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Biology, Sport

Confession – I always have a nighttime snack.

I need to have a snack before bed. Otherwise I lay awake thinking about how hungry I am, wake up in the middle of the night grumpy about life, and barely make it to breakfast in the morning. Eating it does not stop me from eating breakfast. It does let me take a little longer to eat my breakfast which is good as I find that getting a lot of food down quickly is just not really my thing in the morning.

But, we’ve always heard, don’t eat before bed. Stop eating two hours before bed. Is this a myth or fact? Am I negatively affecting my health when I have my night time snack?

Well, I couldn’t find anything in published journals. I’m sure there is stuff, I’m just not using the right search terms. Which leaves me with good ol’ Google. The problem with Google though is that really anyone can post anything. I found an article in The Times, that explains all the reasons why having the right bedtime snack is good for you. I also found an article in The Globe and Mail that said that you shouldn’t have the snack. I am no further ahead. Except maybe I am. The Times article talks about stabilizing blood sugar levels (yes please) and slowing the release of hormones that say you’re hungry (and also tell your body to store fat). The Globe and Mail article talks about it making people not eat breakfast (not a problem here).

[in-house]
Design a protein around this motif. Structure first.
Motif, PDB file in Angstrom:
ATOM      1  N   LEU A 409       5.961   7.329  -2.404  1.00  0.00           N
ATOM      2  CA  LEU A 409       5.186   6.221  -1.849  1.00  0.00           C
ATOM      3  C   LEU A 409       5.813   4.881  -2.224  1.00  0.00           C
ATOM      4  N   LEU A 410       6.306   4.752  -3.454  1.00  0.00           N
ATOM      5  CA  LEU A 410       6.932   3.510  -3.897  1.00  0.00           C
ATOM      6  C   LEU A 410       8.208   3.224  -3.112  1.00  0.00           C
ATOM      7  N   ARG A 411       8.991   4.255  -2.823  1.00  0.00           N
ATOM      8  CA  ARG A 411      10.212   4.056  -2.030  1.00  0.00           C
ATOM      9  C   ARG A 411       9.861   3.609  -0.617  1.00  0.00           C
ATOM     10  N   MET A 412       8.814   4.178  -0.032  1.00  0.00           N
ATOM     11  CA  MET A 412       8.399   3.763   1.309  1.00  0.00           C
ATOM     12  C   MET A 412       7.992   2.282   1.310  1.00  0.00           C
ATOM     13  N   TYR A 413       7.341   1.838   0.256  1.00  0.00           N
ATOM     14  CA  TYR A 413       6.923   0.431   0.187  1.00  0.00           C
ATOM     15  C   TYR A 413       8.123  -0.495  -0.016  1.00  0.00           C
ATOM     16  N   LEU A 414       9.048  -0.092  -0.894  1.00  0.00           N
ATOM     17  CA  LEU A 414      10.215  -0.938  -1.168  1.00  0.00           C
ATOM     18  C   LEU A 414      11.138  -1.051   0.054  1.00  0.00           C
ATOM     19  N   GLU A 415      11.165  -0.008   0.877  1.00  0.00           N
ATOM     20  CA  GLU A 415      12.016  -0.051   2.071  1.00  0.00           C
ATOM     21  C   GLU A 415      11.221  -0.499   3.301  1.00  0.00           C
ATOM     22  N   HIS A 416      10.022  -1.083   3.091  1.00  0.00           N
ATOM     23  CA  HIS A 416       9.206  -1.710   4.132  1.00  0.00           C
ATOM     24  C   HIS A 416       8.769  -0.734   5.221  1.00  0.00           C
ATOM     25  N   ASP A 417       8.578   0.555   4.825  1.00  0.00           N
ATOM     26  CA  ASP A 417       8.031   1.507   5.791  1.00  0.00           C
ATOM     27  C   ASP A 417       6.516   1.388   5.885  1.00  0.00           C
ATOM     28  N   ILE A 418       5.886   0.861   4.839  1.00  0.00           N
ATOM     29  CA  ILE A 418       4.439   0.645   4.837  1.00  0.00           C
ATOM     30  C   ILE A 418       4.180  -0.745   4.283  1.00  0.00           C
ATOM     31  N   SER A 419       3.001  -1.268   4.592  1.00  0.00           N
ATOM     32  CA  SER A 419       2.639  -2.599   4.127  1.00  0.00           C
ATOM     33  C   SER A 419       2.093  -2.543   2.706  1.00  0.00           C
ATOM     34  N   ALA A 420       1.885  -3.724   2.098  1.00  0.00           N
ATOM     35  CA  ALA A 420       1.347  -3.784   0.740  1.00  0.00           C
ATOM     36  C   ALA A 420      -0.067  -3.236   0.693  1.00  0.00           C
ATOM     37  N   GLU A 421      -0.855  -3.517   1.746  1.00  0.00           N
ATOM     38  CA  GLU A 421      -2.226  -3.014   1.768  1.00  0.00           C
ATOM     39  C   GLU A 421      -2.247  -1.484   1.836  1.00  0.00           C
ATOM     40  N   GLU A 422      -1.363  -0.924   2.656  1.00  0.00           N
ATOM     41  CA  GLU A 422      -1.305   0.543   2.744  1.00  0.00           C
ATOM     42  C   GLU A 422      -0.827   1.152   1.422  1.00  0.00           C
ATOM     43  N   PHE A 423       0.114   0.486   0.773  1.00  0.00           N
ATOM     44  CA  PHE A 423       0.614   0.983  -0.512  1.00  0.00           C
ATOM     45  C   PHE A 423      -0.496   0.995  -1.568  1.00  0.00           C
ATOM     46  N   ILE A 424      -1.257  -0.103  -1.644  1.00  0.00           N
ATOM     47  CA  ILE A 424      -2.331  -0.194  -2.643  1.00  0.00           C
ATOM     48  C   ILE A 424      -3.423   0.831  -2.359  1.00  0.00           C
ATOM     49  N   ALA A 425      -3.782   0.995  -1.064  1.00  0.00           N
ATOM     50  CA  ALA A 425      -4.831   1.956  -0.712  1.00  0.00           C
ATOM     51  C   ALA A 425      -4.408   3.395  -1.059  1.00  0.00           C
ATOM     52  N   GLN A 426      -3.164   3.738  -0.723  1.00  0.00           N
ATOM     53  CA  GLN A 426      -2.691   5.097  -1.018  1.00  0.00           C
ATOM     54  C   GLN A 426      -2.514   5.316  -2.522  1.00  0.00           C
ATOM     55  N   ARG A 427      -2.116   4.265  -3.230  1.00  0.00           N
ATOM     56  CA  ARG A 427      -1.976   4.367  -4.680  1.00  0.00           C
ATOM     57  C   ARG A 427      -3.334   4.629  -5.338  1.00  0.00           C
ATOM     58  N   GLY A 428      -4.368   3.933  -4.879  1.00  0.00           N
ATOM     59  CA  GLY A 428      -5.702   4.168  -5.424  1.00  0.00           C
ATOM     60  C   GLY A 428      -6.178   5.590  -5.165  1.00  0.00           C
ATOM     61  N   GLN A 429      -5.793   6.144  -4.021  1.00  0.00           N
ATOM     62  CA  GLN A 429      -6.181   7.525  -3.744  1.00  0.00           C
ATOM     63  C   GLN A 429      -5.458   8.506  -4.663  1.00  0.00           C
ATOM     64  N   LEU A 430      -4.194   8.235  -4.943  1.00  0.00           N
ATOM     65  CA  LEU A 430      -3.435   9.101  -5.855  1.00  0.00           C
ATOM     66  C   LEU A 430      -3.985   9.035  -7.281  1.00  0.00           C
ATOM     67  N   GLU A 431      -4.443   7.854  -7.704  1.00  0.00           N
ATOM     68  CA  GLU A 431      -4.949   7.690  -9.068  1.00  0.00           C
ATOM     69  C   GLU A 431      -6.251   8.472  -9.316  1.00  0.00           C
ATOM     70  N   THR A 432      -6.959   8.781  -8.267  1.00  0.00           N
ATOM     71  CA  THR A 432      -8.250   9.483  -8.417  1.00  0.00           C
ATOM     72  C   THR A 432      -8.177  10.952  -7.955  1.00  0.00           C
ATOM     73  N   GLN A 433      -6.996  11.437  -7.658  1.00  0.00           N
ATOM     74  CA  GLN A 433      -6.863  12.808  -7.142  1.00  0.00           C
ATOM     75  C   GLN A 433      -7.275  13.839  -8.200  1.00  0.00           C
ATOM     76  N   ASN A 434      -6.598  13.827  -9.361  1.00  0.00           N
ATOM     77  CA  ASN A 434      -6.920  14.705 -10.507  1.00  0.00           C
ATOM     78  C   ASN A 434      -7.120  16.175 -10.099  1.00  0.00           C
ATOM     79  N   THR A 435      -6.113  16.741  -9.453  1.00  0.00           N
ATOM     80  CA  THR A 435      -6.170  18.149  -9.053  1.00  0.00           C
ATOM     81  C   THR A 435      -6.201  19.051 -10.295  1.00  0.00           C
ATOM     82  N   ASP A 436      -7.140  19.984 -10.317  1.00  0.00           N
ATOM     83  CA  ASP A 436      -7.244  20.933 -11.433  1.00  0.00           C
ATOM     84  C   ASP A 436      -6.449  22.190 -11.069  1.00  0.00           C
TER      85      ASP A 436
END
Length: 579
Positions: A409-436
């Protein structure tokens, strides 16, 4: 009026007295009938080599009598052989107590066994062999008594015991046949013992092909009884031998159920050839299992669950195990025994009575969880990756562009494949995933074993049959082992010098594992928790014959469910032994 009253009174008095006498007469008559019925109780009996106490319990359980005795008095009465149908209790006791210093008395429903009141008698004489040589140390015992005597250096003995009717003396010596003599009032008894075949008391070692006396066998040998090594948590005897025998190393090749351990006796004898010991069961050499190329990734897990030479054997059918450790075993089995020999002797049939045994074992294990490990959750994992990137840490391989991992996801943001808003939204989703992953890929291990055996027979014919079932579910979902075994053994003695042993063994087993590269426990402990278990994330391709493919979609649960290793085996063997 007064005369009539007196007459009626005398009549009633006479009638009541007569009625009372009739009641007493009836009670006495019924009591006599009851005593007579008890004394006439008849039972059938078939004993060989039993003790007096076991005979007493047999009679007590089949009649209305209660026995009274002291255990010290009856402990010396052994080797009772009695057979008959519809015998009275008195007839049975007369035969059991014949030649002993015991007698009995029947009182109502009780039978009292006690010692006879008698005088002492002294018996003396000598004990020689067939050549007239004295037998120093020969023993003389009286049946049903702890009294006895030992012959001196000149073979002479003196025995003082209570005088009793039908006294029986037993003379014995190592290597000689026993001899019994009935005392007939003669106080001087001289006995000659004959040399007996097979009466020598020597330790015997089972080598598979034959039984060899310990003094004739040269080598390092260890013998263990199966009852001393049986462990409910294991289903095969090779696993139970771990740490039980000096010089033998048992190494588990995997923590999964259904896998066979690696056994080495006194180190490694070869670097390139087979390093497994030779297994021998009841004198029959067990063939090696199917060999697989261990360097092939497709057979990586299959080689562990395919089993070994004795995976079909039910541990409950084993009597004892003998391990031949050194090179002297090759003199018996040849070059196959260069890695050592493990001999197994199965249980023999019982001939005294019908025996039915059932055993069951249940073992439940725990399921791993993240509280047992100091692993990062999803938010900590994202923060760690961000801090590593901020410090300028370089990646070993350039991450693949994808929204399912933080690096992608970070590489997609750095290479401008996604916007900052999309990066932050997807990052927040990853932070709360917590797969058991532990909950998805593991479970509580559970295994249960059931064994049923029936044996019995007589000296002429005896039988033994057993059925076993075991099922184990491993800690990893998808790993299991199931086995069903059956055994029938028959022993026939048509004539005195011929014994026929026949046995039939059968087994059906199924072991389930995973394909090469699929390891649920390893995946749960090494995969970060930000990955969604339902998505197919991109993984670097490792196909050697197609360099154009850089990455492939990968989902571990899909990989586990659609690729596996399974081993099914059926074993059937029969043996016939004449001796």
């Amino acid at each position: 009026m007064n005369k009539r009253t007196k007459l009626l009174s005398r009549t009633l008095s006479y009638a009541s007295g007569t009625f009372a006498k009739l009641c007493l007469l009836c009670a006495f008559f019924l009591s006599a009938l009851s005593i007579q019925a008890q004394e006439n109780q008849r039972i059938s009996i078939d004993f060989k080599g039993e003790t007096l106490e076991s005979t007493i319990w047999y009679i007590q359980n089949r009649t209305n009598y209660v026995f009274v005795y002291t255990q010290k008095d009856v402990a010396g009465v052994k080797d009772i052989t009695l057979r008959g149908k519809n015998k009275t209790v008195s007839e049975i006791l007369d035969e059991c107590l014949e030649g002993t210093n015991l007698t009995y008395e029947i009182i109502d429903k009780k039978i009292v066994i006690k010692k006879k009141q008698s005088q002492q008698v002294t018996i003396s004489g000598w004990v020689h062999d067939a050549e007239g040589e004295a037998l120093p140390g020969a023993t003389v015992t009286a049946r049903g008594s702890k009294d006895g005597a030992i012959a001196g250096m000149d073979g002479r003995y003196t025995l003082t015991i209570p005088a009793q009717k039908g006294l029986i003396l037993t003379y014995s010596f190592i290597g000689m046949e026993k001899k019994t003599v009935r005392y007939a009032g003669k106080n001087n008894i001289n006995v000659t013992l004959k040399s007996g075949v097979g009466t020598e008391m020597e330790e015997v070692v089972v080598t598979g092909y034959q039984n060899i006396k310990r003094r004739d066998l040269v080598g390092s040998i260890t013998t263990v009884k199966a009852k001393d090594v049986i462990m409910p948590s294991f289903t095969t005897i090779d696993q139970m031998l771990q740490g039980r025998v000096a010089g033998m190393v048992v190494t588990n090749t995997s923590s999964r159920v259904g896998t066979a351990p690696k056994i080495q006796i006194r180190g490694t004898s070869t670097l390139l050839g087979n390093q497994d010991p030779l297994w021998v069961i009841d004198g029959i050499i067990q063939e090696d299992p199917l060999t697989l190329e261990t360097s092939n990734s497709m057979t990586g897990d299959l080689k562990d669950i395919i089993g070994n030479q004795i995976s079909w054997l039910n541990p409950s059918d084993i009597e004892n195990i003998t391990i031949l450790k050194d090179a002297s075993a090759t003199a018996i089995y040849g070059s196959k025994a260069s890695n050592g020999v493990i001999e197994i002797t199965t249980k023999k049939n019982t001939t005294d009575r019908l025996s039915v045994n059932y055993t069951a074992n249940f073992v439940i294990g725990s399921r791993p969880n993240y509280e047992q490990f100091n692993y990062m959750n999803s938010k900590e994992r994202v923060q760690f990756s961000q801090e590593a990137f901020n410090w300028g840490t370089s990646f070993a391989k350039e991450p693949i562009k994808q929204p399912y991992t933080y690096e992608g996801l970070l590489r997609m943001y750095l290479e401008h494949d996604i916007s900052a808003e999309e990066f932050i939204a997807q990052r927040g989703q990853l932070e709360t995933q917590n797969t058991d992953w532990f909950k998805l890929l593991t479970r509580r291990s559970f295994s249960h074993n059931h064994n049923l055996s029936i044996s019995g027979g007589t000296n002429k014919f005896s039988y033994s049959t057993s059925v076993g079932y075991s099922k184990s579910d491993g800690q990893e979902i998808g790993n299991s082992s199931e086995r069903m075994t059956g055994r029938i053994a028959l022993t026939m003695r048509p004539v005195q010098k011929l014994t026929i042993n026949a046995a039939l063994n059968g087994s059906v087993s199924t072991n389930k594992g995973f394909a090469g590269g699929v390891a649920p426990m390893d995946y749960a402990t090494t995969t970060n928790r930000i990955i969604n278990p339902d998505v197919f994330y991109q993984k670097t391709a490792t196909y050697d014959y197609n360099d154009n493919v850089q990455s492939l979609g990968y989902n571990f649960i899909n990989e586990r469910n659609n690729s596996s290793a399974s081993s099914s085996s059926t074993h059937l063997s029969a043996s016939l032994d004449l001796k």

So, while I’m looking for scientific evidence as to whether or not I should be eating my nighttime snack perhaps the better course of action is to listen to my body. There are real benefits to eating that snack for me. And I’m not gorging on a bag of chips, or eating ice cream every night. Popcorn and cinnamon toast are two of my most popular. Rice pudding on a good night. Some fresh berries when they’re in season. Or some canned peaches in a pinch. Yep, totally see all of those making me pack on the pounds.

The other thing is, I’m active, so it can take me the entire day to get in enough calories to keep me going. So perhaps, and this is what the article in The Times suggests, there are people who need to eat that nighttime snack. And we can do it so long as we choose appropriate snacks and don’t go over on the number of calories we need in a day. I mean are the calories really watching the clock and thinking oh, it’s after 8:00 pm I better be stored as fat now?

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About Peyto

I am passionate about making science, sustainability, and sport accessible through engaging information and activities. Peyto is a reference to Bill Peyto who was an outfitter, trapper, and eventually a park warden in Banff National Park. Peyto Lake and Peyto Glacier are both named after him. He is also a distant relative of mine.

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